A 26 mile long rail-trail uses this right-of-way between Dubuque and Dyersville, IA as the Heritage Trail.
The Heritage Trail at Deere St in Sageville, IA
Looking northeast from Burton's Furnace Rd in Durango.
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With the hundreds of thousands of miles of abandoned railroad corridors in the world, it's no surprise that some of the most amazing infrastructure humanity has ever built was eventually abandoned, or re-purposed. And indeed, many bridges, trestles and viaducts have been lost to history, such as the Brushy Creek Viaduct in Alabama. But there are also many which still stand today which serve as reminders of bygone days, the folly of man, or the power of Mother Nature, or some combination thereof. Here are 11 such bridges. 11) Goat Canyon Trestle, Jacumba Hot Springs, CA (32.729167, -116.183333) Image: CoachellaValley.com Goat Canyon Trestle is the largest standing (for now) wooden trestle in the United States, and in spots is 200 feet off the ground, and 750 feet long. Built in the 1930's, it's actually a lot younger than it looks, since by the 1930's, steel had all but replaced wood as the preferred construction material for bridges. It was made out of woo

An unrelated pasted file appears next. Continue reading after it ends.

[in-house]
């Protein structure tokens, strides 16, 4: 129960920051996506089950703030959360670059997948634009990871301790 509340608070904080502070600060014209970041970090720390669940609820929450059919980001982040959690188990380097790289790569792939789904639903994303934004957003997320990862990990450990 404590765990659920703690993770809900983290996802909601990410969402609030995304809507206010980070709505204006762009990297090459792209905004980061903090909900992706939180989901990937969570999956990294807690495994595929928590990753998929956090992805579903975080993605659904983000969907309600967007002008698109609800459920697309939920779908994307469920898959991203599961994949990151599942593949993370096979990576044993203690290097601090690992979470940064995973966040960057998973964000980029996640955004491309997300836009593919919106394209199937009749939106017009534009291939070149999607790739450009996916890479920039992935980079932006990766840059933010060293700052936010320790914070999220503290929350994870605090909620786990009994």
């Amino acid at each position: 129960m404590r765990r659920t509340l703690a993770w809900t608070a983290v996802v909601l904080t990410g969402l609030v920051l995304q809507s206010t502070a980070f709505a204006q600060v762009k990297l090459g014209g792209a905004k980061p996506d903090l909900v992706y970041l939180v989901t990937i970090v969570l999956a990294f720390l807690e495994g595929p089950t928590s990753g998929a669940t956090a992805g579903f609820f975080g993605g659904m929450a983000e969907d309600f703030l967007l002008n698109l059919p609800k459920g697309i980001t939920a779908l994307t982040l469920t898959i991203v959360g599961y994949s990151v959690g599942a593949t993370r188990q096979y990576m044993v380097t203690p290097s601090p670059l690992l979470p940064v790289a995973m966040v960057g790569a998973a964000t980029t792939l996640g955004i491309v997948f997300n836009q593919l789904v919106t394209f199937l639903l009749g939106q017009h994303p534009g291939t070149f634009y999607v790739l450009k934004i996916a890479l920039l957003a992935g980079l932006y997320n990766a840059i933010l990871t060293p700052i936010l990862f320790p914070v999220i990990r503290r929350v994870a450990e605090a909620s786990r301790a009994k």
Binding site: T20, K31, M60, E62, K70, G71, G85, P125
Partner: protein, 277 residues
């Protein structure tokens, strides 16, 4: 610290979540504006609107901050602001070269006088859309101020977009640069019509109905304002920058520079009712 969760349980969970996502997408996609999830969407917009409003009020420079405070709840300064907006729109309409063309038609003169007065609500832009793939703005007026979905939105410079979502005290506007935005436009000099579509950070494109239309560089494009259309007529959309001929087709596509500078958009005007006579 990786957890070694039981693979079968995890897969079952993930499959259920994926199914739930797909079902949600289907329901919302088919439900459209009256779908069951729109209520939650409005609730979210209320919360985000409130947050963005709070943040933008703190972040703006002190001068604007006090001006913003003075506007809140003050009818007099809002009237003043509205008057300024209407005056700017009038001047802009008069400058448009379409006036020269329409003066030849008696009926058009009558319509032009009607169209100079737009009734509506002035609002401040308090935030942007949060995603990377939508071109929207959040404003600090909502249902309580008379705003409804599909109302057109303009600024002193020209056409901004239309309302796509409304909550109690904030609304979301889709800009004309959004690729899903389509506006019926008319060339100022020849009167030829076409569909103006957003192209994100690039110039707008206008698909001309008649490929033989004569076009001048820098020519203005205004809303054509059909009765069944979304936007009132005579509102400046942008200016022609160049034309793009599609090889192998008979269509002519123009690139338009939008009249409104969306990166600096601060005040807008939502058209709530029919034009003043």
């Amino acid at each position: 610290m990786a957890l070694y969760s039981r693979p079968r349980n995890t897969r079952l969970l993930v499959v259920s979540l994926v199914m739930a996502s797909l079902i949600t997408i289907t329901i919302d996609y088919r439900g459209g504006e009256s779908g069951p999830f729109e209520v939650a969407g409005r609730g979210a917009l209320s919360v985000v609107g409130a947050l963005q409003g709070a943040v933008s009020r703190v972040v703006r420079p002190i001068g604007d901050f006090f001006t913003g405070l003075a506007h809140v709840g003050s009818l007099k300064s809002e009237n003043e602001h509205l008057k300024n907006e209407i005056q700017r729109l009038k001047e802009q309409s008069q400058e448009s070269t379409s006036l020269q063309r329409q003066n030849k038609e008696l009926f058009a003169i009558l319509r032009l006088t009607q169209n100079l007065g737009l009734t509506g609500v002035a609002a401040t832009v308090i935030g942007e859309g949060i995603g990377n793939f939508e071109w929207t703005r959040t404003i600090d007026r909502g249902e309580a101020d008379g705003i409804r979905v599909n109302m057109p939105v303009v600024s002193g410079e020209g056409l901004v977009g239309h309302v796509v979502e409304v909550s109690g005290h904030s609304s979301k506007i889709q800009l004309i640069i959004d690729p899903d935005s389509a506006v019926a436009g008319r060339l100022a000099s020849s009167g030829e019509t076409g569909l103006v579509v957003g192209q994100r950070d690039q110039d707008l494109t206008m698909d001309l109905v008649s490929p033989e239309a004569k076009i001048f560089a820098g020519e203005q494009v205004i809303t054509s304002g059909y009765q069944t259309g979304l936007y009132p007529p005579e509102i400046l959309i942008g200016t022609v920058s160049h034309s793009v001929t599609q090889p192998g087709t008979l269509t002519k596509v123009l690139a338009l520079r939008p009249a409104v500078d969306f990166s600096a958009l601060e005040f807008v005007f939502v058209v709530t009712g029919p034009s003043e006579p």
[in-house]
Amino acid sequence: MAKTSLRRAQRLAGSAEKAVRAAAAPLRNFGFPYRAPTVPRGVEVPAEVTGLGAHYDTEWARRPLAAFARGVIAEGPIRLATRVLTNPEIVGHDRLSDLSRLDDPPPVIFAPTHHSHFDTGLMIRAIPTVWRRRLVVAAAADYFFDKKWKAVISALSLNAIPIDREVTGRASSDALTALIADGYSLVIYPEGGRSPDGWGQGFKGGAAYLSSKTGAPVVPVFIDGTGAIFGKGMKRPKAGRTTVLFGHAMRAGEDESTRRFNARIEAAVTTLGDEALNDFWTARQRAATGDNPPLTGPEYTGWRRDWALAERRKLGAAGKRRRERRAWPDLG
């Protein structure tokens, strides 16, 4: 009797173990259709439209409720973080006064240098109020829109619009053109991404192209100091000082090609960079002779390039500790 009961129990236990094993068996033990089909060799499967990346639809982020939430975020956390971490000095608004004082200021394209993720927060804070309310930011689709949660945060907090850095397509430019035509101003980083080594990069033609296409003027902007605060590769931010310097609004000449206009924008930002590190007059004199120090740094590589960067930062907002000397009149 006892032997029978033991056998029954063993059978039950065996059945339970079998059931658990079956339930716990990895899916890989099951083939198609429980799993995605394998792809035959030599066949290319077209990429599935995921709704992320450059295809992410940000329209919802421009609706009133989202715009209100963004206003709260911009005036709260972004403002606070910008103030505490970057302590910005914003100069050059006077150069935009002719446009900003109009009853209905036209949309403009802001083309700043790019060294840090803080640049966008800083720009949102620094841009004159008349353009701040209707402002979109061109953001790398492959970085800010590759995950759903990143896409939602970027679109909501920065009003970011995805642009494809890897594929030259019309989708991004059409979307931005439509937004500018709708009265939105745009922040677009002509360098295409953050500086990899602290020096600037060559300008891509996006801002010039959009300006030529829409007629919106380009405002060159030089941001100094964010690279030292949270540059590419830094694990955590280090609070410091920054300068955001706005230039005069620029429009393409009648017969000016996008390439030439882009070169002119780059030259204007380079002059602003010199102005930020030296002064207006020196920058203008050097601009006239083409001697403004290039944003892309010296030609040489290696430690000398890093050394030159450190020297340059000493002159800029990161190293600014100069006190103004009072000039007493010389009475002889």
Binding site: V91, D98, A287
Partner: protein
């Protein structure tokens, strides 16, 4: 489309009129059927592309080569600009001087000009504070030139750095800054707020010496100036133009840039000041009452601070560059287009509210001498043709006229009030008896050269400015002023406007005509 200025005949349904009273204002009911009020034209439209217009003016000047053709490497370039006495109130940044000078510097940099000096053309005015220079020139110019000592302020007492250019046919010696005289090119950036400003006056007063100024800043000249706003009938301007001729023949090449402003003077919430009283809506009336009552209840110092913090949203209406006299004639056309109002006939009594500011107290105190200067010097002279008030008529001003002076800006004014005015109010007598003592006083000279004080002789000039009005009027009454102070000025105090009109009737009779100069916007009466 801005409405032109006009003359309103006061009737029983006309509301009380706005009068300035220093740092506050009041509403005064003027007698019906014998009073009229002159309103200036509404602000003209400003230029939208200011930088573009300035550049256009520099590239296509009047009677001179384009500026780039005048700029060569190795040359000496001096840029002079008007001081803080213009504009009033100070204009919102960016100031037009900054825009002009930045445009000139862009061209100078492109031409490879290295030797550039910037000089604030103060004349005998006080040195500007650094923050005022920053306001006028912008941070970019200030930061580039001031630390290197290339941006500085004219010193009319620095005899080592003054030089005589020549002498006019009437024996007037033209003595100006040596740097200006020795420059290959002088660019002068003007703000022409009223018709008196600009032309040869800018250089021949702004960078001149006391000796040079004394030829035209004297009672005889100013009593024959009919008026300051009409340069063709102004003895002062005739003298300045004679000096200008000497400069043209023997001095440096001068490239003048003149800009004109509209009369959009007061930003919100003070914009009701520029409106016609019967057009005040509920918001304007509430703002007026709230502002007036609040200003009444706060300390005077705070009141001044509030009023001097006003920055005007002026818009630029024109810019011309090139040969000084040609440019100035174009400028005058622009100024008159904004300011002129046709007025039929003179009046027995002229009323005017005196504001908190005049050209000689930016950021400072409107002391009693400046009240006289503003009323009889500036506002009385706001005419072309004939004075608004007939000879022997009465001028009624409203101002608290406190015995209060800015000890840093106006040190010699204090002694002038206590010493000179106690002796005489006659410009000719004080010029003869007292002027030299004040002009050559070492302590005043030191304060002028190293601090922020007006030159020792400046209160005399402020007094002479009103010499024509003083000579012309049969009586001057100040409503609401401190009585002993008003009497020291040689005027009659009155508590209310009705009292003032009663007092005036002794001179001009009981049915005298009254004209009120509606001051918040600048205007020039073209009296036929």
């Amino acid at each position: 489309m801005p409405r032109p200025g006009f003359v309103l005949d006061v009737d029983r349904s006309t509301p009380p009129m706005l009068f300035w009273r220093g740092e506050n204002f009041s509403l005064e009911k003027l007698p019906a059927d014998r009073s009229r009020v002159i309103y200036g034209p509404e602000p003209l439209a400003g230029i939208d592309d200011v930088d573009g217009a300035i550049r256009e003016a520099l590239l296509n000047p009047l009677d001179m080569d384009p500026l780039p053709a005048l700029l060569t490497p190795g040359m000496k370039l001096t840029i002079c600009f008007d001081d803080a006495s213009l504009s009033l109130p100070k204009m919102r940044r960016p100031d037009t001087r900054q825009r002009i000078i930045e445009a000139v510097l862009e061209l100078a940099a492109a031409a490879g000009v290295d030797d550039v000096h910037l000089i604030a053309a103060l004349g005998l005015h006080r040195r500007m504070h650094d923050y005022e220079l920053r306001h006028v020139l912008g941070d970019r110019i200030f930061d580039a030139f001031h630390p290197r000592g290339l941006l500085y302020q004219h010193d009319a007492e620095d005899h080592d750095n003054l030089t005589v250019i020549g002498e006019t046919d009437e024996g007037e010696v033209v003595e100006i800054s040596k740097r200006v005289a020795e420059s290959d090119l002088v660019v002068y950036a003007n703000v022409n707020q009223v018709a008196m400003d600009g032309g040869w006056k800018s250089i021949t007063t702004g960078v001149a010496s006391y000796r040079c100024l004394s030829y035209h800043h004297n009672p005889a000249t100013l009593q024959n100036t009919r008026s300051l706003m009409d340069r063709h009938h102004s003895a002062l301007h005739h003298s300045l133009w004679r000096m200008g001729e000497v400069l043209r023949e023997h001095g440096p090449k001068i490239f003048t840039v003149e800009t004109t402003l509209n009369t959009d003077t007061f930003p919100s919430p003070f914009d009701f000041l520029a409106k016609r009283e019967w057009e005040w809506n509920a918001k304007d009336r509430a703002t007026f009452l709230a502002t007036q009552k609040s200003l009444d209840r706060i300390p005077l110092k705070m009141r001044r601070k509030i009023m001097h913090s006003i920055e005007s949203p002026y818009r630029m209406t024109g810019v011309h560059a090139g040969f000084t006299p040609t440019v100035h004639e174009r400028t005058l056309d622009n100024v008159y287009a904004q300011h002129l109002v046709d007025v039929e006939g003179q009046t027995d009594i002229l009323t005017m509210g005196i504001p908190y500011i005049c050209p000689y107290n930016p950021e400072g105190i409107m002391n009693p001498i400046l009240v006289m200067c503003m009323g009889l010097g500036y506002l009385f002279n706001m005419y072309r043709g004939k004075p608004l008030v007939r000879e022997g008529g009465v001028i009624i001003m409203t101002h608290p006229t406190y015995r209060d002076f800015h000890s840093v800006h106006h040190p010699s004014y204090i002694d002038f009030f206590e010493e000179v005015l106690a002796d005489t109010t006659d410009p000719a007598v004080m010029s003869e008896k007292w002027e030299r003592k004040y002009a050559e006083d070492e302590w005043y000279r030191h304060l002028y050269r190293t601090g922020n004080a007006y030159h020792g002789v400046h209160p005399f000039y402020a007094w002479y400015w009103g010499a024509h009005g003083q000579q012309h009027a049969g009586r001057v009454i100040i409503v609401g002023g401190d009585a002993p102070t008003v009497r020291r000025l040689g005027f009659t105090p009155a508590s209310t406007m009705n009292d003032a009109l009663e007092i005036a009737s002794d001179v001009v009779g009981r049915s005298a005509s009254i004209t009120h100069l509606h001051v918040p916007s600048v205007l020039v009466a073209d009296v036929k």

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Great stuff, thanks!ReplyDelete
Thank you for the kind comment!ReplyDelete
Very informative and helpful.ReplyDelete
Thanks for sharing this information.
I REALLY enjoyed the photo tour and comments. I am a big fan of old railroads as I grew up in Elmhurst had have wonderful memories of the CNW and CGW.ReplyDelete
Thanks for the kind words, and I'm glad I was able to help with memories of a bygone era, at least in a small way.
My dad worked for the CGW as a freight solicitor from the early 1950's to the merge in 1968, he was so mad that they were merging, he quit. CGW took him from Kansas to Buffalo and last stop Detroit.ReplyDelete
The Elmhurst station, shown above in a 1962 photo, still stands. It is surrounded now by full size trees in what looks like a park. Finding the station currently on Google Earth was not easy. I rode that stretch of the existing bike trail a couple of times, and I never noticed the station.ReplyDelete